VICENZA, Italy – Ask Jerry Brees what’s the best part of his job and the director of Soldiers' Theatre will tell you about his “opportunity to mentor.”
Brees has had this chance with two brothers William and Christian Briggs, who began with youth productions and are now performing with adults.
“They performed together and were a joy to work with,” said Brees, who first worked with the brothers in the youth musical “Alice in Wonderland” in 2019.
William, 19, then performed in “Reflections - An Evening of Monologues.” Christian began exploring the technical aspects of theater, volunteering as a lighting technician for several shows that included the recent production of “Clue.”
During the month of April, the U.S. Army recognizes volunteerism. The week of April 17 is Volunteer Appreciation Week. One way to volunteer is through community theater programs. The Briggs brothers had different motivations for volunteering in performing arts.
“They stopped offering theater as a class at Vicenza High School, so I looked for an alternative,” William said.
He’s performed in many shows, to include “Monologue Night,” in 2018 and three shows in 2021. Most recently, William had roles in “It’s a Wonderful Life,” and a energetic performance as the “Wadsworth,” the butler in “Clue” in March.
At first, Christian, 15, was also on stage. But, he took to more technical aspects after lighting an improvisation comedy as William was on stage. Christian then helped with “Unforgettable Laughter” and “It's a Wonderful Life.” Now, Christian is returning to the stage for “As the World Goes Round,” the upcoming musical at Soldiers’ Theatre. The show will be in May.
“I’ve enjoyed helping William find the nuances in his performances, while working with Christian on the technical specifics of lighting the stage,” said Brees, noting the different approaches each brother takes to theater. “Both of them love and enjoy the process, the people and the excitement of providing quality entertainment to the community.”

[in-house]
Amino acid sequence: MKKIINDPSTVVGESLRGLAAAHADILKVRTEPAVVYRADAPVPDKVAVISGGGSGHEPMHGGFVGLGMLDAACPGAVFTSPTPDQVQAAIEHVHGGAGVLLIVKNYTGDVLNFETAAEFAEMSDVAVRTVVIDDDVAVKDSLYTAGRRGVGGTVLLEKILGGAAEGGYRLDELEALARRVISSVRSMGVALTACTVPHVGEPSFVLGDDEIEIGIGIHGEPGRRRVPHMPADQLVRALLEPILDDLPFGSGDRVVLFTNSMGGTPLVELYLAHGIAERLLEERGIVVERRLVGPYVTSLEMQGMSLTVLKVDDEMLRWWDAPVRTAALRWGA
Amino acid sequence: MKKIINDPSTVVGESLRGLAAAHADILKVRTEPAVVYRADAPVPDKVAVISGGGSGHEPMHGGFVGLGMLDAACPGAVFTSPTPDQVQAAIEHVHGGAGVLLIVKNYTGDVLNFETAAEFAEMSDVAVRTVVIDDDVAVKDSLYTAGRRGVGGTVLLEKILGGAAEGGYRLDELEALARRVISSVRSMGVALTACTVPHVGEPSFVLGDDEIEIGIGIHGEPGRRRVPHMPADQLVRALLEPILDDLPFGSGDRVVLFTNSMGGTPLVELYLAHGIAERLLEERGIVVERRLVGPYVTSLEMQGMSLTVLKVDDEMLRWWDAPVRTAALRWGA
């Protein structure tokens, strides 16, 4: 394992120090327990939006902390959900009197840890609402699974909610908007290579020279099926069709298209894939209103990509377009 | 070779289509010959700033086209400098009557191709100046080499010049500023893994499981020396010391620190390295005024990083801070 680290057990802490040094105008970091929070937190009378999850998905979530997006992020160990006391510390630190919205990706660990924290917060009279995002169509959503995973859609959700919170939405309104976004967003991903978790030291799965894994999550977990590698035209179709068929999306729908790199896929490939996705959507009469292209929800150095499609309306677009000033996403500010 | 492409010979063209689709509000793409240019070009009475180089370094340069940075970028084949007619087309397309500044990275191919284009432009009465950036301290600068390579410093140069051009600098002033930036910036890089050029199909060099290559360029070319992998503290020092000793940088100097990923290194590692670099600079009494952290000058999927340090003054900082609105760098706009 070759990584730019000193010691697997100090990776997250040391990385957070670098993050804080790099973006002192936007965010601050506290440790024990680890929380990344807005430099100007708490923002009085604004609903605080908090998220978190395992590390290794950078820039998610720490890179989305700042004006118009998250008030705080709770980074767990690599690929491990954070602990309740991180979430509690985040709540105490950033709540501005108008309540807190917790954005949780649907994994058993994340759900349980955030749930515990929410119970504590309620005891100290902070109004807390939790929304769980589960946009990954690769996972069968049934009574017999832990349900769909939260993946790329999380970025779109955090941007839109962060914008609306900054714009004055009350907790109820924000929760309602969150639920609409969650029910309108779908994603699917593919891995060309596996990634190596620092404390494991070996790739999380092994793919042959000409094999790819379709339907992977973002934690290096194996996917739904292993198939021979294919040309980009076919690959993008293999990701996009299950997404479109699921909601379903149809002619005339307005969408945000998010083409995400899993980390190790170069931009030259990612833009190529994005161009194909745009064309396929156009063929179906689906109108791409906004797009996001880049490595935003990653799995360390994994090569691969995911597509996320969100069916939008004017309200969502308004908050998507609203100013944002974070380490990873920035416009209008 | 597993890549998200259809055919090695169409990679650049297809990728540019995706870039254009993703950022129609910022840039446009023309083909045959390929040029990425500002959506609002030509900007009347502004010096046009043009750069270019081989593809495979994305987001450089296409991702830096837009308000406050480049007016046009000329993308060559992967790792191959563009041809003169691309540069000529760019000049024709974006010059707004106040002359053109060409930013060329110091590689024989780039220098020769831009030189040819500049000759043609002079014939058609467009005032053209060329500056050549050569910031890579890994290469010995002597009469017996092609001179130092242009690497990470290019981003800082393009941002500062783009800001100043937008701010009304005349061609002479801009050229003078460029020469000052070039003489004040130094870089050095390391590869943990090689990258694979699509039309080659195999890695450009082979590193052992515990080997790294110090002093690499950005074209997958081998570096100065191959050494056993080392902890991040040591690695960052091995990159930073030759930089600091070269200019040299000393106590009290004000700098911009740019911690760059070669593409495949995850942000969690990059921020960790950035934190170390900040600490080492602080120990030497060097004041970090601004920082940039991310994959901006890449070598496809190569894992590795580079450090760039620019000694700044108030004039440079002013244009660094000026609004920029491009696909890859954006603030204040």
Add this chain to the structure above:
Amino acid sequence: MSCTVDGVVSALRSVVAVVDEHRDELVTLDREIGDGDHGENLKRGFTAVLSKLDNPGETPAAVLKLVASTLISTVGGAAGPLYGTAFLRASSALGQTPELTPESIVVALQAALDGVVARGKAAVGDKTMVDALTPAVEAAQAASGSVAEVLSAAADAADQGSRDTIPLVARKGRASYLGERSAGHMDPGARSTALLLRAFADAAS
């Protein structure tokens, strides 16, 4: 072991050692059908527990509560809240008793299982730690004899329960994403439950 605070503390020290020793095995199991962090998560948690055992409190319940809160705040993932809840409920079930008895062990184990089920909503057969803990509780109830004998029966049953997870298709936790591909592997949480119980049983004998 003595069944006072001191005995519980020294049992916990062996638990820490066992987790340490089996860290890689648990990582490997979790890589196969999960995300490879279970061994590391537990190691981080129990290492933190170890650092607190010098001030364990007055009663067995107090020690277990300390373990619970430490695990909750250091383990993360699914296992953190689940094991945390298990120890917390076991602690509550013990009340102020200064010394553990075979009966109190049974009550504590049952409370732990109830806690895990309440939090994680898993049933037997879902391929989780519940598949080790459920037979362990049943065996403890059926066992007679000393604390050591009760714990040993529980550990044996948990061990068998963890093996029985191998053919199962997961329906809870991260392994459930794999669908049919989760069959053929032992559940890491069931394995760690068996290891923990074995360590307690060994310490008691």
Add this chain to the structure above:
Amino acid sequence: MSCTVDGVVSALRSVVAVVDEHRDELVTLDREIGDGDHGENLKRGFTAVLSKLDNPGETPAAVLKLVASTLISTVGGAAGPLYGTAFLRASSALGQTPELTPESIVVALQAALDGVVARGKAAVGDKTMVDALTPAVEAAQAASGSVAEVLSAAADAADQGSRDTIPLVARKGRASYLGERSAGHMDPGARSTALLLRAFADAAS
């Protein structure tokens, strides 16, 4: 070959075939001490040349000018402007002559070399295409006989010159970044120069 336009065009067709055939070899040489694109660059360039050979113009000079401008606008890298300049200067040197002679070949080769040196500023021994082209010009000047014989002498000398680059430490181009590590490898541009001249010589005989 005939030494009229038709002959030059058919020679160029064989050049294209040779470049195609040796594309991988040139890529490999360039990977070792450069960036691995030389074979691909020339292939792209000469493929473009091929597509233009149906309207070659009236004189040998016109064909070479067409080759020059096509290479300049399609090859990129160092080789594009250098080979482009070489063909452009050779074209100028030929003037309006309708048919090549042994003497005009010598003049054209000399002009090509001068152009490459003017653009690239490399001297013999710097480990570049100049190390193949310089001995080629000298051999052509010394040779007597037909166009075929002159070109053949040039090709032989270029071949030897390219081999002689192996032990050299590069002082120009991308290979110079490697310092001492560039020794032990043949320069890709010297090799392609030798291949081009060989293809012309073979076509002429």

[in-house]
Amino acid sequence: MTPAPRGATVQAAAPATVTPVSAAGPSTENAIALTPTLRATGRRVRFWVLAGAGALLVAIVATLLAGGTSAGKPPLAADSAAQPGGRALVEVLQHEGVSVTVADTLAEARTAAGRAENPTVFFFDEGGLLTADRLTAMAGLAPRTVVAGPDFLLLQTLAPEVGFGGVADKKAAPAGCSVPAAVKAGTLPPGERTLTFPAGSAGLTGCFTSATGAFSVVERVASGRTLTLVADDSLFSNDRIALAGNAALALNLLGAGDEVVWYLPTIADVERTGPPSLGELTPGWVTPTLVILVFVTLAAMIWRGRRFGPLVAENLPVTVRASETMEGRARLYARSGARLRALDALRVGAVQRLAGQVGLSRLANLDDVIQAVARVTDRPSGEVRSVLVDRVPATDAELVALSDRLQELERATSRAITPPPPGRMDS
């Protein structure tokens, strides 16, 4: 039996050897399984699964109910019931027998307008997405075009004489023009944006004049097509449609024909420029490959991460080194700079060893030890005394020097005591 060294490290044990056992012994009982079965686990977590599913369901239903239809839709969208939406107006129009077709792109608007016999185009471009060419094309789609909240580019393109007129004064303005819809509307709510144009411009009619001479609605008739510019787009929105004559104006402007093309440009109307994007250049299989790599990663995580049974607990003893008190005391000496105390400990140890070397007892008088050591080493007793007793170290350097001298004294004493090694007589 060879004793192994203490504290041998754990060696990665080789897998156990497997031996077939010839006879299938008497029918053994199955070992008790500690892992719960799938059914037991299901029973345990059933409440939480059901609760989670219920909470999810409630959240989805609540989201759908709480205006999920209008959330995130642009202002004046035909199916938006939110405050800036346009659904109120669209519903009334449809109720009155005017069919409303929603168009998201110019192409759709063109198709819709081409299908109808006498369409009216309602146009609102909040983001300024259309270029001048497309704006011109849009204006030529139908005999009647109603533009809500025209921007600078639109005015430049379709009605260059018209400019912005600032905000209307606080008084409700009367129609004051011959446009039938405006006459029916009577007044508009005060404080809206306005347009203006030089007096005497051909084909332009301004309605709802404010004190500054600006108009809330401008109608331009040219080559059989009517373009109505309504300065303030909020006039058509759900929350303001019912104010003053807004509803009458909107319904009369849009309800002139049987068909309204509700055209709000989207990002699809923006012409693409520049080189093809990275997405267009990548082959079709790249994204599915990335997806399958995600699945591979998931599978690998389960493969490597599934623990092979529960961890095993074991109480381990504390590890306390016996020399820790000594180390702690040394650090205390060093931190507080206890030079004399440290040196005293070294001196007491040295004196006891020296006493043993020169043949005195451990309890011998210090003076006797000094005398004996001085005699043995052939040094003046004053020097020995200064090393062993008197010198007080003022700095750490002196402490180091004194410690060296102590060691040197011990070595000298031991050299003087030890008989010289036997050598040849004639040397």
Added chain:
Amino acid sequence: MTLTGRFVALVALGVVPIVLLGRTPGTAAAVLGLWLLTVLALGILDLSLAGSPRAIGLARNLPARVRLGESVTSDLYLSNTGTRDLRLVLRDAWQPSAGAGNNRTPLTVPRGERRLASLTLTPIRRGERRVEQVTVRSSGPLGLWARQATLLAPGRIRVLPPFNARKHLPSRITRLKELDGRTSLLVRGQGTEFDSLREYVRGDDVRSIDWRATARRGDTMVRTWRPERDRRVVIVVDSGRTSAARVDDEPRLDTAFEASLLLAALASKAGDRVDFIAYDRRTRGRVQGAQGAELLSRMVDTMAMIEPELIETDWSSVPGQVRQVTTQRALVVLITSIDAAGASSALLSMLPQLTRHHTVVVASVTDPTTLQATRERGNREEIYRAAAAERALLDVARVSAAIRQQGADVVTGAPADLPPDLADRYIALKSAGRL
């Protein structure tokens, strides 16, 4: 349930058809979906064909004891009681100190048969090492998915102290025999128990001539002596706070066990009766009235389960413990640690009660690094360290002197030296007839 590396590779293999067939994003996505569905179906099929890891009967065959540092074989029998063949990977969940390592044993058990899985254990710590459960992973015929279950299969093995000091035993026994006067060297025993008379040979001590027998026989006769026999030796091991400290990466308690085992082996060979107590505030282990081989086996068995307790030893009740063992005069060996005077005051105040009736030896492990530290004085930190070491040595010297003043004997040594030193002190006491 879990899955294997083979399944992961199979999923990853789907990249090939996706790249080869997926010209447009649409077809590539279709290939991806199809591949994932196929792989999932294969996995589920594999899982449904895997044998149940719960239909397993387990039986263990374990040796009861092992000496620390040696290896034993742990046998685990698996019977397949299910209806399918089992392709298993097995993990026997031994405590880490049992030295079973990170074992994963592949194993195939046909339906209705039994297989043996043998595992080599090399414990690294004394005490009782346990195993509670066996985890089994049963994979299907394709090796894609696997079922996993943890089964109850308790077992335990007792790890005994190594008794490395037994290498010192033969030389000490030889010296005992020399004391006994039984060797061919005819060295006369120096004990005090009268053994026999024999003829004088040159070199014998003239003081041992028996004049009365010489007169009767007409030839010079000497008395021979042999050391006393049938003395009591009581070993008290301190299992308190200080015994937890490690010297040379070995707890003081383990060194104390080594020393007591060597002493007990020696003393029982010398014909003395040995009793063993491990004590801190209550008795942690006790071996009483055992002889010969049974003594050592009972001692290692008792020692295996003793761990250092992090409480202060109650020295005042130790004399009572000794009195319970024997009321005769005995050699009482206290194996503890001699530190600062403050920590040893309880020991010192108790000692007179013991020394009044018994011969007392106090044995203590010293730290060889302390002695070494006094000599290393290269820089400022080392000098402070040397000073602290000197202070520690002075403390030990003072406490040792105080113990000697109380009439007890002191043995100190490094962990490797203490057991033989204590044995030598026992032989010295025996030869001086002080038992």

Rehearsals for “Clue” were intense and posed challenges, with the cast on stage every night of the week for several hours, for more than a month. William’s part required all his energy. There were also lots of sound and light cues, sometimes synchronized with each other, Christian said.
“Not only did I have to pay more attention in general, but I also needed to do lighting cues at the same time as the sound cues,” Christian said.
Thankful that his brother shares his interests, William said they always try to help each other out if the other is struggling. They knew that with William in college and Christian still in high school, it would be harder for them to hang out. The theater allowed them to spend time together.
“His advice, after rehearsals, really keeps me pushing myself,” William said.
Their opinions sometimes differ, yet both agree that working at the theater offers an opportunity to give back to the community in a unique way. Plus, they meet many talented and funny community members that they wouldn’t meet in day-to-day life.
“It makes me feel good knowing I’ll have these experiences to look back on despite all the insanity of the last few years of my life between graduating high school, the pandemic and starting college,” William said.
For Brees, seeing their growth and development in both performing and technical aspects of the theater has meant a lot, he said.
“Although they have totally different personalities and perspectives, they are both dependable and dedicated and quick to learn all aspects of theater,” Brees said. “It's been exciting to work with such talented volunteers.”